This course will introduce cultural history and the ethical dimension of the role architects play. Localizing the realities of modernity as an enduring cultural force and a global economy onone hand, with global threats to the future of humankind on the other, the course will explore the commonality of human experience and the interdependence of humans and the natural environment. By considering narratives, artefacts and buildings, the course will present how architecture and other cultural creations intersect with issues of race, gender and identity, within a range of spiritual, social, political and environmental contexts. Through orientation, disorientation and reorientation, the course thus introduces human constructs and environmental conditions from a variety of perspectives such as location, foundation, habituation, accommodation, exile and displacement.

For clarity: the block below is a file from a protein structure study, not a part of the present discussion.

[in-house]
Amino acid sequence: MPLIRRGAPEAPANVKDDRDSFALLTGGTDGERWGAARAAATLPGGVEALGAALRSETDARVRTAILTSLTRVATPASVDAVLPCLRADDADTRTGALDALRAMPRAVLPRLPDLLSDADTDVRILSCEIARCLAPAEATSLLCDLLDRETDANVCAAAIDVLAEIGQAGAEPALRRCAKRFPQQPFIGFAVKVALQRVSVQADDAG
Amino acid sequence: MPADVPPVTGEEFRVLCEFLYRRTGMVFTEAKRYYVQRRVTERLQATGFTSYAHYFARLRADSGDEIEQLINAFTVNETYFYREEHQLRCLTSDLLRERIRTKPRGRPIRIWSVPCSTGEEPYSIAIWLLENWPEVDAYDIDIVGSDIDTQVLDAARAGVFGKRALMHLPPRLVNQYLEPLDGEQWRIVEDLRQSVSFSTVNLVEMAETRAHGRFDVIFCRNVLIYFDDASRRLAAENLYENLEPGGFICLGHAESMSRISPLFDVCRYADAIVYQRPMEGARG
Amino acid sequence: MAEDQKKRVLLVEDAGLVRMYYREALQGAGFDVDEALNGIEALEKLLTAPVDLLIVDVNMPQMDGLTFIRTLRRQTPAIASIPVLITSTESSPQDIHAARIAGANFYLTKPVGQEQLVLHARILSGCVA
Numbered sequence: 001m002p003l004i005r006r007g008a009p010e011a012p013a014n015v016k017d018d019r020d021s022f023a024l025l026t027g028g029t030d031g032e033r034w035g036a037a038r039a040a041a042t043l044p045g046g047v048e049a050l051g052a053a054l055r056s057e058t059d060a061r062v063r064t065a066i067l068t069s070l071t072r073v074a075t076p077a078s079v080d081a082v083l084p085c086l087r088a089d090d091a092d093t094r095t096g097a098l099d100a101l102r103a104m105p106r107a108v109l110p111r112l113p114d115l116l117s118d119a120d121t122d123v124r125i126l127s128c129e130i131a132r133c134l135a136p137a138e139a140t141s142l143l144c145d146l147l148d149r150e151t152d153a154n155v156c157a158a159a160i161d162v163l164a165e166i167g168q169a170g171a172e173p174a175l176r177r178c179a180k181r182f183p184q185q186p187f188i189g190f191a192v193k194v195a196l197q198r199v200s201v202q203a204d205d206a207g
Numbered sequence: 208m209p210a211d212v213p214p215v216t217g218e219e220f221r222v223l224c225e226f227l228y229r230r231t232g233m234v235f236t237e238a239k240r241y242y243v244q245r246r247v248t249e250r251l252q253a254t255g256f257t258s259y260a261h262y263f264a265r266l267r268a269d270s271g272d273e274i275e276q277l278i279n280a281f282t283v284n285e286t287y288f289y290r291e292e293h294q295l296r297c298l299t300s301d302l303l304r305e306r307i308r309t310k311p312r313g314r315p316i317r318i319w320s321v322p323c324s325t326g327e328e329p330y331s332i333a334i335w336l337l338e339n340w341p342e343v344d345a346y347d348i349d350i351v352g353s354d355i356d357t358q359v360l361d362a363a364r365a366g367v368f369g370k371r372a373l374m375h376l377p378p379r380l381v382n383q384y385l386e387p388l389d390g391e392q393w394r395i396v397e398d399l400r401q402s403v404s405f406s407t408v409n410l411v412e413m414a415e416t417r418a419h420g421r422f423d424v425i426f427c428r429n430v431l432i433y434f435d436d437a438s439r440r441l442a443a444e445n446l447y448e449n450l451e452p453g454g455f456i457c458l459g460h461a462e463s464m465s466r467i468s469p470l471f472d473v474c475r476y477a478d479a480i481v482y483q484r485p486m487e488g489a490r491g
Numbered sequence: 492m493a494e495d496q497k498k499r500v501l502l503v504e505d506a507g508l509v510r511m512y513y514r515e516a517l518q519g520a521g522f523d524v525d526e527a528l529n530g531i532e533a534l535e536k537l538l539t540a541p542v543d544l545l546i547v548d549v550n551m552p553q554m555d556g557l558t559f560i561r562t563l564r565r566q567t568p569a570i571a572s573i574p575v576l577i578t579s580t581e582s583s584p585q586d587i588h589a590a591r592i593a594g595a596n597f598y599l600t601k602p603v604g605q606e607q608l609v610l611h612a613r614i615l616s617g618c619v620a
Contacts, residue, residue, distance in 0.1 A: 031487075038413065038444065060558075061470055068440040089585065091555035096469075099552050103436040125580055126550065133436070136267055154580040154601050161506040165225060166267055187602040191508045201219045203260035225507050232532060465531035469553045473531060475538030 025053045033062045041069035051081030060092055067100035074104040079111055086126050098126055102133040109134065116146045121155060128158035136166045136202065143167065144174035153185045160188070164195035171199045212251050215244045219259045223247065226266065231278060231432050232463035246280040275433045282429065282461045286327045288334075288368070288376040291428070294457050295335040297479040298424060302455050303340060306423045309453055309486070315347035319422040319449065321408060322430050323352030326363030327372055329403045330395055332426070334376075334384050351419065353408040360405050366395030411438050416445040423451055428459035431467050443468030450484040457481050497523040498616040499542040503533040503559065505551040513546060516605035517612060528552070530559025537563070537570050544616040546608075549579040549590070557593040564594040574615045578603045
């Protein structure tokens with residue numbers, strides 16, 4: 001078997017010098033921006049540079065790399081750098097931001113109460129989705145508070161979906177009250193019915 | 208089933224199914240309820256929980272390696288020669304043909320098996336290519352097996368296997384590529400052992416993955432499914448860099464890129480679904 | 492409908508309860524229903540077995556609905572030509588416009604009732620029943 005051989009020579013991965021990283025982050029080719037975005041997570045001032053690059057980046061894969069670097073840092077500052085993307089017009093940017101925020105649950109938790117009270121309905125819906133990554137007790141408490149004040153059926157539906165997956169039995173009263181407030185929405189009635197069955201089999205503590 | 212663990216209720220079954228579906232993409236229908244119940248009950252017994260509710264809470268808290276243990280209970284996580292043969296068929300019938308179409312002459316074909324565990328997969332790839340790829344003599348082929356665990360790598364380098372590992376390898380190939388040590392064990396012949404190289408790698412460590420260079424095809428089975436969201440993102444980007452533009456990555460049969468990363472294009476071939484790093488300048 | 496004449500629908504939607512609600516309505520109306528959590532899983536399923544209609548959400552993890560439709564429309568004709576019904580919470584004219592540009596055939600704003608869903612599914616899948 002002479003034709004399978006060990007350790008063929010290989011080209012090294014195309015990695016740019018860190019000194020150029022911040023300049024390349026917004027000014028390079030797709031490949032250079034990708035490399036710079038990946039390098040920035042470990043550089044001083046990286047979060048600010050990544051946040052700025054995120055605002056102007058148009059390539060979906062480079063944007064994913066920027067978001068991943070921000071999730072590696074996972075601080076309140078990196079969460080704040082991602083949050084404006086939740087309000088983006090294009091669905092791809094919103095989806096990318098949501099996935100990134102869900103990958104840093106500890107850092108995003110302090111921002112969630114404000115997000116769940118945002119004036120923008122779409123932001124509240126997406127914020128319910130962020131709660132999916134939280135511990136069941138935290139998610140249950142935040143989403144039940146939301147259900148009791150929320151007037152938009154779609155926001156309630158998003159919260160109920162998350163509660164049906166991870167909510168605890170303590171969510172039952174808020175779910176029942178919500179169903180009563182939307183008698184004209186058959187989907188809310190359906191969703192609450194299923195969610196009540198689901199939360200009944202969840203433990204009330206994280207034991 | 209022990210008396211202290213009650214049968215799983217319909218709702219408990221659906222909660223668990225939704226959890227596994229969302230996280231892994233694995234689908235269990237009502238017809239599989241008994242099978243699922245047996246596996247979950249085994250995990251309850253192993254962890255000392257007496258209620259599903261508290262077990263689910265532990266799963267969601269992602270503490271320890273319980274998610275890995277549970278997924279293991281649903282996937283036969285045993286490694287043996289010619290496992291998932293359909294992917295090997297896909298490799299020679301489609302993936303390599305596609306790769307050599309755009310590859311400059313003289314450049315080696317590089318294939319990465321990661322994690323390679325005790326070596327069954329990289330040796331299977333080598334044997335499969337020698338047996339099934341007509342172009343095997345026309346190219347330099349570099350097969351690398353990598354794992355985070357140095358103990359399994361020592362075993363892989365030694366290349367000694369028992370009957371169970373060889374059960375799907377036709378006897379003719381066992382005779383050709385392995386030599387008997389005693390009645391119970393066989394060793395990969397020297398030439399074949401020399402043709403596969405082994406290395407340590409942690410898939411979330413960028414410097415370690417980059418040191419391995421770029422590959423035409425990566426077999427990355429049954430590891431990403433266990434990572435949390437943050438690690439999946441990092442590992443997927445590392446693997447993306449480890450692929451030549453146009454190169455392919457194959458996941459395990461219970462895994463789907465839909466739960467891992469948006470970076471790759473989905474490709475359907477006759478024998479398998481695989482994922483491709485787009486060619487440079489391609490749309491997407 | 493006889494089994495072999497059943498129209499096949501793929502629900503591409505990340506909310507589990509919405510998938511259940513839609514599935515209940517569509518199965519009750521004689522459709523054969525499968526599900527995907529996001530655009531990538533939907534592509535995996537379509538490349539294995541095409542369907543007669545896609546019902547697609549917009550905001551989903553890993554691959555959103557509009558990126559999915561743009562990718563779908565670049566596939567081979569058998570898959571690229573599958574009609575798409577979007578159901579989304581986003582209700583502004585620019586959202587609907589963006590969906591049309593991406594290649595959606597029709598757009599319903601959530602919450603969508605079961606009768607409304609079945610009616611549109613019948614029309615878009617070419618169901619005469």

The main intention of this course is to cultivate our awareness of some of the continuities between “then” and “now”, and also highlight the levels at which significant shifts have taken place. Together with a better knowledge of the writings, buildings and artifacts of the period we will cover, the purpose of the course is to encourage the development of an open attitude to different times. Organized around a number of larger themes, the course is designed so that students look at primary texts, images and buildings in relation to the world in which they were given form. While addressing conceptual questions, our weekly discussions will take shape around concrete materials –from texts, illustrations and artifacts, through buildings, materials and landscapes, to cities, global territories and the inner soul. Moving between times and places as well as between communities and cultures, the course will critically consider issues such as race, colonialism, social norms and other inherited frameworks broadly, all contributing to introduce architecture as a cultural act as well as a discipline.